Midden Places
Book Sample


Here lieth sweet charity, sweet, sweet charity and
John Moss who ‘loved greatly and was greatly loved’.
Imagine the man who loved like this.

Eleventh century stone church sinking in the meadow
next to the stone well where the saint woman
performed her miracles and made the clear water spring
caught the water in her hands, opened her mouth
and let it dribble onto her chin

the head stones grow wild here
and the stained glass angels are propelled tenderly on
by the rain which makes them glow
and wriggle their toes

but only when they are on their own
which they mostly are
because this is a midden place; all thrown away
in a green corner next to the motorway.

When you said beauty returns to beauty
I reckon that’s right – your own precious self,
your alloyed being, has returned
to this dumping ground where
all graced and abandoned things gather.

Your name is inscribed in the dark vestry
where the little girls saw the ghost
and ran screaming back to us.


I see you kneeling on a street in Athens
veiled in black you spit from a face
that is all mouth, all hole and rag

you wail out the ai-ae-ae-ai
how can you hold that gods’ sound
in your little frame

it’s part of your begging routine
and comes from some dark place.
I imagine a cavern somewhere, filled with
dust and fibrils of the hessian bags it is made of
and where you go to sleep. I imagine you
laying your head down.

Promise me this
that there is such a thing as beggar queendom.
You are only waiting for the big feast,
to be hushed and held and tenderly clothed.

Under the sacking of your dress
the wrist bone, and those are the tiny fingers
just visible; just shuttle pegs in the loom,
the fraying weave of your hands.


Morning and turbulent dreams.
A dead child knight lies in the chapel.
I am holding his small marble hands
he tells me hush, hush.
I open my eyes to stillness.

Out there its Elizabethan
white frost on the silver roof
crows, bare branches
wood and wings – one sleek drama
glistening. Winter. Tallis scholars sing
from the clock radio
thou knowest lord the secrets of our hearts
for the funeral of Queen Mary.

Black trains trail, sweep brush
through the bright snow.
Let the ice tears be shed.

And here has happened a rare
and secret thing
a December mystery
a late arrival in this room last night:
doors were unlocked
and some sweet tenderness ushered in.
Your face wakes quietly
a new reign has come today.


New College in the winter
I sit naked in the art room
above the cloisters
while an eighty-year-old artist
tells stories about other girls
in the war years
who would stand there so ashamed
that a single tear
could be
sometimes seen
to make its way down.

‘And then there was the
Baroness von Someone
lady-in-waiting to the Tsarina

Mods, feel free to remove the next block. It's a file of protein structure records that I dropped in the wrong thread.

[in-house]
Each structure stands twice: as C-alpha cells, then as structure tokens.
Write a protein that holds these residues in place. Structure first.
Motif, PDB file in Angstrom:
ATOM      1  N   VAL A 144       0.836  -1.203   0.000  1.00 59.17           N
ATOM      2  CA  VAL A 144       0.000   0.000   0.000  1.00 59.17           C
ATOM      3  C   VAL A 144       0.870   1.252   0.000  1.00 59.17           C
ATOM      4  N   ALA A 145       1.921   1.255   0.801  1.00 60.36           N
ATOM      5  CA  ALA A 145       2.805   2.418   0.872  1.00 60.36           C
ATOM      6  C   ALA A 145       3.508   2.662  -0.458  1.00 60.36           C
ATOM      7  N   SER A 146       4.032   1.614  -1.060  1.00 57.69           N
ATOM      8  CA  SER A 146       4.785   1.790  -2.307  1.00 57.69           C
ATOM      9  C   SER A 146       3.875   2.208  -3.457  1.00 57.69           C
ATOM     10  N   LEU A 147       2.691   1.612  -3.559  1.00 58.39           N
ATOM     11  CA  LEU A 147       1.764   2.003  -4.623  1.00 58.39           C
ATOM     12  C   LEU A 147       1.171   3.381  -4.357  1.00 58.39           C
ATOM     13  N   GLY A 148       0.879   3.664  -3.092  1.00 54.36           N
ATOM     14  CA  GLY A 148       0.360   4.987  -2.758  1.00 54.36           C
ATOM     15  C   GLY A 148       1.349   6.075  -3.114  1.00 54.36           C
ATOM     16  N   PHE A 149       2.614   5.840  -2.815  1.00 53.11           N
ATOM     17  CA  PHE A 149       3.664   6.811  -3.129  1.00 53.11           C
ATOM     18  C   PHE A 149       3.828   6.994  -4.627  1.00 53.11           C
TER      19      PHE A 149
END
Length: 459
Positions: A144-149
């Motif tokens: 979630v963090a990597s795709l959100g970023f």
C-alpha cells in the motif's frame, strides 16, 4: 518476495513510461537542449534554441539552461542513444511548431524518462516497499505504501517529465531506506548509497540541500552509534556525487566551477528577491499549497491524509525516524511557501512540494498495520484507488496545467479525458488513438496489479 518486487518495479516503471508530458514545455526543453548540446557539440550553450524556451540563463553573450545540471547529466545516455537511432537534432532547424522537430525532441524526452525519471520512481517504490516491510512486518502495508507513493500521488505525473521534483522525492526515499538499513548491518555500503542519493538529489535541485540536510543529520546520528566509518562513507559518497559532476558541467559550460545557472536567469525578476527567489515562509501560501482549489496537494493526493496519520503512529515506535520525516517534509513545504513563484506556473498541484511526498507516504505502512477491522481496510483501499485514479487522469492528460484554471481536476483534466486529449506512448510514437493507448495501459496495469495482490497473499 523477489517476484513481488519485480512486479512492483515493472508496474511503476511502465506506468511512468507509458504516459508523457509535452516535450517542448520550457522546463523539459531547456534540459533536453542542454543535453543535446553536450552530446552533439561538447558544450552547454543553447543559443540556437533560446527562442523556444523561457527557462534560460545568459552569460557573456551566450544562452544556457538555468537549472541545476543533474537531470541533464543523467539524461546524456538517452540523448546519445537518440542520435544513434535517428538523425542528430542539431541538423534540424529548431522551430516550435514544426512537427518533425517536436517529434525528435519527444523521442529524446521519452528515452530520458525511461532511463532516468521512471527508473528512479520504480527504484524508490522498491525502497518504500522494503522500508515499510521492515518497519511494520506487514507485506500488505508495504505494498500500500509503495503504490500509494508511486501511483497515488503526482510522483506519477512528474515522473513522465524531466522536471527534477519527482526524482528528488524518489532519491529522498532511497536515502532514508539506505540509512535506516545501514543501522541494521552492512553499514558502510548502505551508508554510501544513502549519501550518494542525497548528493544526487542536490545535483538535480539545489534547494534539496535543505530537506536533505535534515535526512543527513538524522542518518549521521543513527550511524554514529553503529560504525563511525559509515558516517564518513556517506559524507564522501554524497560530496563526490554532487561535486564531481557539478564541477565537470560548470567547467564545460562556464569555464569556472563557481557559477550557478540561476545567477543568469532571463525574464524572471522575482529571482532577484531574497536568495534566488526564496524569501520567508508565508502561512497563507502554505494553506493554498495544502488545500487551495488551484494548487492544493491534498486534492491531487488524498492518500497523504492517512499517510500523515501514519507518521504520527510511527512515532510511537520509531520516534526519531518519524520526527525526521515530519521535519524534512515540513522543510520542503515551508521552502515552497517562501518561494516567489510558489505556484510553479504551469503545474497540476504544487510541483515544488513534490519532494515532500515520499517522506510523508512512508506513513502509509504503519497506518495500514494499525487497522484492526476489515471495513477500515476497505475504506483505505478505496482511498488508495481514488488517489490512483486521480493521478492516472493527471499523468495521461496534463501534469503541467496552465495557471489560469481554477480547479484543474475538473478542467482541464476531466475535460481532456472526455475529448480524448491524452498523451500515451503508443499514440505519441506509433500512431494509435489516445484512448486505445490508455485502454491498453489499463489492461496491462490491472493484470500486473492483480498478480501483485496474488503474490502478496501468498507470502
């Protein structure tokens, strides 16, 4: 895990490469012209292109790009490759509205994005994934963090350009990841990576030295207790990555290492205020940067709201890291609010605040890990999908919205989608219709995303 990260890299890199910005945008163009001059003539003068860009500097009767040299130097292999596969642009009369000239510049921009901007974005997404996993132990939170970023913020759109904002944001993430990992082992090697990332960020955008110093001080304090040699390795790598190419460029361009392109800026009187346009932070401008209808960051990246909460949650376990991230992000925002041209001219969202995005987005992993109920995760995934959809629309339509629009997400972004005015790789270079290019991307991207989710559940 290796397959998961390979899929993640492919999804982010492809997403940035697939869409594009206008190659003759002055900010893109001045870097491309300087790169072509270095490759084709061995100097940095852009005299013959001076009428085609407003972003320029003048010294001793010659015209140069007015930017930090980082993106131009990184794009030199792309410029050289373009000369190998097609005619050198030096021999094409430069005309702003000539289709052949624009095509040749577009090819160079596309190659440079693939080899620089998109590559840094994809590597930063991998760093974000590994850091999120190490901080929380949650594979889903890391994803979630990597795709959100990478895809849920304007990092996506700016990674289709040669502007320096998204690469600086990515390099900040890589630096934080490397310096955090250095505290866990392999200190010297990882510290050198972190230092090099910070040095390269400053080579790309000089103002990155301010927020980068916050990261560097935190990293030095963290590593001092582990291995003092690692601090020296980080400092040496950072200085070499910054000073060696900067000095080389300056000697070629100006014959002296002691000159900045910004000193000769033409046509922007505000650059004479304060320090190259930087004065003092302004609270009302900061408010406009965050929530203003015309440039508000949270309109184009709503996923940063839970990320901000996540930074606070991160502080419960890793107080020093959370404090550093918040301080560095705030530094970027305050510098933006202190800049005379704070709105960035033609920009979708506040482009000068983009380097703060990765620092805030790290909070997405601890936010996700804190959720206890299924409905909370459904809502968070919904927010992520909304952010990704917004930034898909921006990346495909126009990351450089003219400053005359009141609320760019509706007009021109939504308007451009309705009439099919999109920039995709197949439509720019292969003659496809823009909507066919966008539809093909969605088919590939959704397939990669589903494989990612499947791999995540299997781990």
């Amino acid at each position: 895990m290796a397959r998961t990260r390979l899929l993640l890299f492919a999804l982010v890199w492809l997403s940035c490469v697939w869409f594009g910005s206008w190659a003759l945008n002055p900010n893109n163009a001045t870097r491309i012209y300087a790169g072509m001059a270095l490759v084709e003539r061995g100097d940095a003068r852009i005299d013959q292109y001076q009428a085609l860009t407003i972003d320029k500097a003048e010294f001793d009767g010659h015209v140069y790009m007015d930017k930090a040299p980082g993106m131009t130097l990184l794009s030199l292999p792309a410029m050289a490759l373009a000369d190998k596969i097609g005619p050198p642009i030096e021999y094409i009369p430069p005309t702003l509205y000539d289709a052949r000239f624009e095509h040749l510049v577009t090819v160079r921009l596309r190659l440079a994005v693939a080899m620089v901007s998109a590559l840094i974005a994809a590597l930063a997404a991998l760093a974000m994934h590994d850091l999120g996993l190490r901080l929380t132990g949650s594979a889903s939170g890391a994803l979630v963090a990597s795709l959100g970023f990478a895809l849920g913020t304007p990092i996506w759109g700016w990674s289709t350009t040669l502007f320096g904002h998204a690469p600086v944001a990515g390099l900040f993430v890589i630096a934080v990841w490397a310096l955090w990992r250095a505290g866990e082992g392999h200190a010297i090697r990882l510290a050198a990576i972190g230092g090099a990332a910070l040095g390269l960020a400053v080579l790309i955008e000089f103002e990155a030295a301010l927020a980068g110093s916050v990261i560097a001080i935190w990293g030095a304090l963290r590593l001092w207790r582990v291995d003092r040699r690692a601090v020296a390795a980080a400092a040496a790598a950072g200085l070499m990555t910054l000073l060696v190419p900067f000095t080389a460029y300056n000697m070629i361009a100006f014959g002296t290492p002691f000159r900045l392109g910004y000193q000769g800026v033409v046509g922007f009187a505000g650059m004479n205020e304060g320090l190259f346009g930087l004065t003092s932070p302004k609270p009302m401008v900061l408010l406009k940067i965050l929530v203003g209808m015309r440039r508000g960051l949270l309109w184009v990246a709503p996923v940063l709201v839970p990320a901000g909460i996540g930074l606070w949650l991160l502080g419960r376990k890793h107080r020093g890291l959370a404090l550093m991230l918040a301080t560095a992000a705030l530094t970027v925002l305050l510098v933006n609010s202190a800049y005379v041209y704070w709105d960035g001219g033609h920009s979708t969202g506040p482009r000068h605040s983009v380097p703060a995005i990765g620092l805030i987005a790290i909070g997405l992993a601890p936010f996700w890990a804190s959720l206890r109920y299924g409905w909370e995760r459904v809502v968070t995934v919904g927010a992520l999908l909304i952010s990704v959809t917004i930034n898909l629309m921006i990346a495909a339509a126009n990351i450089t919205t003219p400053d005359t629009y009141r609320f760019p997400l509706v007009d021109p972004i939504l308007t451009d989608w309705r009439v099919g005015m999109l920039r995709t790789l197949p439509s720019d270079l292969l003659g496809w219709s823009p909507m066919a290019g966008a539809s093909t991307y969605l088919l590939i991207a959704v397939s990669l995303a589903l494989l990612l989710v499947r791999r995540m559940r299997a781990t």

(only reason she had not been
shot was her German name).
Walked all the way with her rings in her shoes
and when they did a border check
she had trodden the jewels too far
deep into the toes.
Another one looked like the Raphael Madonna
but she went crazy and jumped off Magdalen Bridge.’

In the tea break the artist shows me
her latest sketch-book
charcoal forests of birch; ‘Yes’
she said, ‘and one always feels
that one must weep amongst the silver birches.’

I go home – the night has a
delicious tonal quality,
cross-hatched soft,
grey-leaded dark, my scarf is warm
against my cheek. Shame and paucity
have not yet set in.


Our deep love started near the mountain
where the Three Sisters stare at the sea.
They waited too long for
Danish sailor boy, lover boy
to come sailing out of the north
and grief calcified them into standing stones.

Every night you tell me stories
in part Gaelic, part English. My
favourite? Deirdre
who walked amongst the oak groves
penning a poem as she went, on being
made love to under the birches
in the high Glen of Etive.
She says she’ll go anywhere
to be with her man.

In you, it’s like I have fallen
for my great-great grandfather;
some half-cracked Glaswegian
shoved off his land during the clearances.
Now I am the one who left those exiled
years ago and have just returned to
find you smoking rollies under a tree.
How strange we say, to meet again
like this and have we ever really
been apart. I ask if you’ll turn to stone
when I leave back for my South Land
and you say yes in mock hysterics.

Already our time together
collapses into yet another tale
to be told. For you, I’m part
of one endless Celtic myth cycle
where pain is legible in
standing stones. Meanwhile
that Danish lover must have
drowned sailing back over. His
dying raw; uncharted by song.

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